The impact of OAS in developing vaccines is of paramount interest. The hypothesis of antigenic distance was proposed to explain how the efficacy of vaccines could be influenced by the difference or relatedness of prior vaccinations. This hypothesis is substantially evident in the case of dengue fever-related vaccine research. Once an individual is immunized against a dengue virus variant, the booster shot for the second variant is unlikely to be successful because it triggers only the original neutralizing antibodies rather than effective antibodies for the new variant. Reference Midgley, Bajwa-Joseph and Vasanawathana12 This scenario also applied to the human papillomavirus Gardasil 9 vaccine. The vaccine contained 4 antigens presented in the original Gardasil in addition to 5 novel antigens. Individuals who had been vaccinated previously by original Gardasil exhibited lower levels of antibodies against 5 new antigens compared with those who had been never vaccinated for human papillomavirus. Reference Chakradhar13 In the context of influenza infection, Choi et al Reference Choi, Baek and Kang14 noticed that following the vaccination program against the 2009 pandemic H1N1 influenza, individuals who had already been given a seasonal influenza virus vaccination developed lower antibody response than those who had never been vaccinated against influenza virus. Therefore, OAS can leave individuals with limited and imprinted memory immune response, and booster vaccination containing novel versions of the pathogen may not provide as much protection.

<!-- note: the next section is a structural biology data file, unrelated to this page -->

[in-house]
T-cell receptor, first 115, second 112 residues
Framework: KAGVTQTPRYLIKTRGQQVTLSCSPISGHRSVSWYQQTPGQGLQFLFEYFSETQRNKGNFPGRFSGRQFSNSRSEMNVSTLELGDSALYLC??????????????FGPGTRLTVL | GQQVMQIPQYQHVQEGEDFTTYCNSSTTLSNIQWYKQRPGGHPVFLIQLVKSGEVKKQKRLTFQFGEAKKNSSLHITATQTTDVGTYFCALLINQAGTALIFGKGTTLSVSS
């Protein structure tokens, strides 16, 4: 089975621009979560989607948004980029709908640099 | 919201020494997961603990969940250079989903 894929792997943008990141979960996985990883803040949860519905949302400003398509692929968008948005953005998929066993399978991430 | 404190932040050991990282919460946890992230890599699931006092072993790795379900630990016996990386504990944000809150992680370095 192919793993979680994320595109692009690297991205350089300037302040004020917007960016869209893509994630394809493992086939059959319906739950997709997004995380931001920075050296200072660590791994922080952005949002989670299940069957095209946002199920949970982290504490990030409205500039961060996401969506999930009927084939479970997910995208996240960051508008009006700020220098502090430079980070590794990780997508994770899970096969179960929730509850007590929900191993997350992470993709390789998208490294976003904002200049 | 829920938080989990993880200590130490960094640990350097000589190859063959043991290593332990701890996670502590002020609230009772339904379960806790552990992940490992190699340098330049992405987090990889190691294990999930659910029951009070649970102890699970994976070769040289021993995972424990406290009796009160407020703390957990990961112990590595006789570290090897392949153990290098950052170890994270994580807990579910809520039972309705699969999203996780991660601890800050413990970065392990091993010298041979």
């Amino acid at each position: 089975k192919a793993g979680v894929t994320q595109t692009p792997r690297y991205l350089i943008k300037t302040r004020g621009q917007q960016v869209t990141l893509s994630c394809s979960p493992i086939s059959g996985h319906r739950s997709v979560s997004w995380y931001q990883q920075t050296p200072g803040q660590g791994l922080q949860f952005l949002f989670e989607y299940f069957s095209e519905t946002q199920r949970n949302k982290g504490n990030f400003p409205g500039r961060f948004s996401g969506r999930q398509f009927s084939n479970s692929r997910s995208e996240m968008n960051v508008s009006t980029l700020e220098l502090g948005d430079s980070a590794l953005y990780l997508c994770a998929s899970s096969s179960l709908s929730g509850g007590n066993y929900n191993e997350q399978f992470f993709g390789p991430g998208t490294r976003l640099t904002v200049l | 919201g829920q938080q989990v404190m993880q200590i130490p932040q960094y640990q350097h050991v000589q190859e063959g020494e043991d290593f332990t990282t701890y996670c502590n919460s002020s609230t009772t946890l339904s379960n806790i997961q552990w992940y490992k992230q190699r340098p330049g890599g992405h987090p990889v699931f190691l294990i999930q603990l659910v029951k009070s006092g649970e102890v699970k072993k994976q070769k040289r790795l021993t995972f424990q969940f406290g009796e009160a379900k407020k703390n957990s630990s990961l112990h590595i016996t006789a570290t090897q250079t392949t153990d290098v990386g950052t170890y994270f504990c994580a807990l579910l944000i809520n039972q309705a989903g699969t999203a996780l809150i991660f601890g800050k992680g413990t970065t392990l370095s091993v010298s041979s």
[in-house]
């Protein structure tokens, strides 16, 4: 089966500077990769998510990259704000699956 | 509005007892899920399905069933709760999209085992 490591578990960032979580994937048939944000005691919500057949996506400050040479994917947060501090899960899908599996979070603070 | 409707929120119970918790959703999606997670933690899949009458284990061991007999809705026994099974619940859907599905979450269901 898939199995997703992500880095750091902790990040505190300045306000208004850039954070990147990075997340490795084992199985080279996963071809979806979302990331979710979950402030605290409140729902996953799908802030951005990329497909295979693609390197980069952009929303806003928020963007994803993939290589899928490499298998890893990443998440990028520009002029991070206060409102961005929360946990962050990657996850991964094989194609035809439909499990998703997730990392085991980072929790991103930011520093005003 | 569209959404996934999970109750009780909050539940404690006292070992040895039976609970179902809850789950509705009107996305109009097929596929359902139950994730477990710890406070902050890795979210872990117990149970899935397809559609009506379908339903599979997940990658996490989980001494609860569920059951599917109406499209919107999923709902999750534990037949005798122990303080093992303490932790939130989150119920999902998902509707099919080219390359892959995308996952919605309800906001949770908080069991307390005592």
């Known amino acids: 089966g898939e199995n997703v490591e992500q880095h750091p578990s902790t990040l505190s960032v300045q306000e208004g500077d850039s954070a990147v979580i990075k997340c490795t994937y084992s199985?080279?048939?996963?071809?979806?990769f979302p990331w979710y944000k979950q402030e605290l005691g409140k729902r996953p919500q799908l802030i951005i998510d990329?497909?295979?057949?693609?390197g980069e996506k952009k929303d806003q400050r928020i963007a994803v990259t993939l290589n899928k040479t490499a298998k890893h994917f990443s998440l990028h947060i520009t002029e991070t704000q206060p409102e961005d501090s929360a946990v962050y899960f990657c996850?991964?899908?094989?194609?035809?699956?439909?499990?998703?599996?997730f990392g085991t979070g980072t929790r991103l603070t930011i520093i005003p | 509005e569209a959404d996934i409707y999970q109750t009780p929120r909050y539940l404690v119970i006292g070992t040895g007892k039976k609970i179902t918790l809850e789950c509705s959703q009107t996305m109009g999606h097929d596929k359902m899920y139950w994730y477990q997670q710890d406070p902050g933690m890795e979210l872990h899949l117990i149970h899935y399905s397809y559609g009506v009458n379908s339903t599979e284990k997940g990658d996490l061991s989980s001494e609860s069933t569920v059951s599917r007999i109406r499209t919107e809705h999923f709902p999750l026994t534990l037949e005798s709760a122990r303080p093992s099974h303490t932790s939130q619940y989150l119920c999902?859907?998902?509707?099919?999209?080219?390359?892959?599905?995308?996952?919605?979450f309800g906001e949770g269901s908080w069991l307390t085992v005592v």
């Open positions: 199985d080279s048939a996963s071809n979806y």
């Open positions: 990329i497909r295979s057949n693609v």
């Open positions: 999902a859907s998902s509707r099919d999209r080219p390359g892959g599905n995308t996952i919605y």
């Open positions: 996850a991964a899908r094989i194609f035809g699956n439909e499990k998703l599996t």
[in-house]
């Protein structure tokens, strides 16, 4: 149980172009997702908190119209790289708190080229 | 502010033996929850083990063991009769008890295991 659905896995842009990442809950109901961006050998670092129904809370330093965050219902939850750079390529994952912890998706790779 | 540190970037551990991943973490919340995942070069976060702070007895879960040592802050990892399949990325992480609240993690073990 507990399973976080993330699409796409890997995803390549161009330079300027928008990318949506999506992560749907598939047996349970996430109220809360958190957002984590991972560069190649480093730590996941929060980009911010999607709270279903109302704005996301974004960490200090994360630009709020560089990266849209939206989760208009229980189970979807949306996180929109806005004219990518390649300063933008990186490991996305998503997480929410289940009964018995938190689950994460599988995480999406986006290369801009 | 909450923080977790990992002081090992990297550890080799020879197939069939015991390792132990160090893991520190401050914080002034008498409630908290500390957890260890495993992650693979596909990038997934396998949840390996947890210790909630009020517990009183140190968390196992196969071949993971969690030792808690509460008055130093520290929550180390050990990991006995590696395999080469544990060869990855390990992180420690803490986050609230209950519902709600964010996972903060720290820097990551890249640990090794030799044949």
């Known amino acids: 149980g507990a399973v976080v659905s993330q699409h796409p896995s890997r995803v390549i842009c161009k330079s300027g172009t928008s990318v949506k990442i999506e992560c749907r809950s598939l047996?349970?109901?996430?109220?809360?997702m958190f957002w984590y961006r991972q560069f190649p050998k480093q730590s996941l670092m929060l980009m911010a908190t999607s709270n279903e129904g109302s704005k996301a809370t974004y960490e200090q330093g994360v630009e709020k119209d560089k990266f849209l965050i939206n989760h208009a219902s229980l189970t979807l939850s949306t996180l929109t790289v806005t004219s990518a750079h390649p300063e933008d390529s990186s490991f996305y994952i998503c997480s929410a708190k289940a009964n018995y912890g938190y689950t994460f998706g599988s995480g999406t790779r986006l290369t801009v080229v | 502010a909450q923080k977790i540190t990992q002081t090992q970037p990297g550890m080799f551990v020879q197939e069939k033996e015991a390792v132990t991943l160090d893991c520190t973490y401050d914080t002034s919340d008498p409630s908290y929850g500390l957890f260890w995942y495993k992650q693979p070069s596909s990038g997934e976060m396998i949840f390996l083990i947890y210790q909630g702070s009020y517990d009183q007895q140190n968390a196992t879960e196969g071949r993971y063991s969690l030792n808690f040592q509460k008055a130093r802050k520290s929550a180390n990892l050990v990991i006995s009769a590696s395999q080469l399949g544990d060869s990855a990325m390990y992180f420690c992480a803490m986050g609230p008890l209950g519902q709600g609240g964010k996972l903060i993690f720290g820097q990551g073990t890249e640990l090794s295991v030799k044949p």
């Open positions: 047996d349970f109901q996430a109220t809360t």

Given the cross-reactivity feature of antibodies against SARS-CoV-2 and other β coronaviruses, Reference Shrock, Fujimura and Kula10 the occurrence of OAS for initial and subsequent variants of SARS-CoV-2 would not be unexpected. On the other hand, when it comes to the incidence of ongoing mutations, booster immunization may become a necessary countermeasure for combating the novel resistant variants to current vaccines. If OAS is feasible in the case of SARS-CoV-2 and its emerging variants, the effectiveness of the booster dose will somehow be questioned. Clinical trial NCT04785144 is recruiting to assess the immunogenicity of the mRNA-1273.351 vaccine, which has recently manufactured for immunization toward the novel South African variant of SARS-CoV-2. To evaluate the efficacy of this booster dose on those who have received 2 vaccinations of mRNA-1273, the trial has been designed in 2 arms. The first arm evaluates the administration of a booster dose containing mRNA-1273.351 solely, whereas the second arm contains both mRNA-1273.351 and mRNA-1273 in equal proportions. 15 The consequences of this trial could shed light on how OAS may alter the effectiveness of booster vaccination for novel SARS-CoV-2 variants. Eventually, further well-designed animal or human studies on a different type of vaccines are required to evaluate the efficacy of booster immunization over the potential threat of OAS in SARS-CoV-2 vaccines.


Financial support

No financial support was provided relevant to this article.

Conflicts of interest

All authors report no conflicts of interest relevant to this article.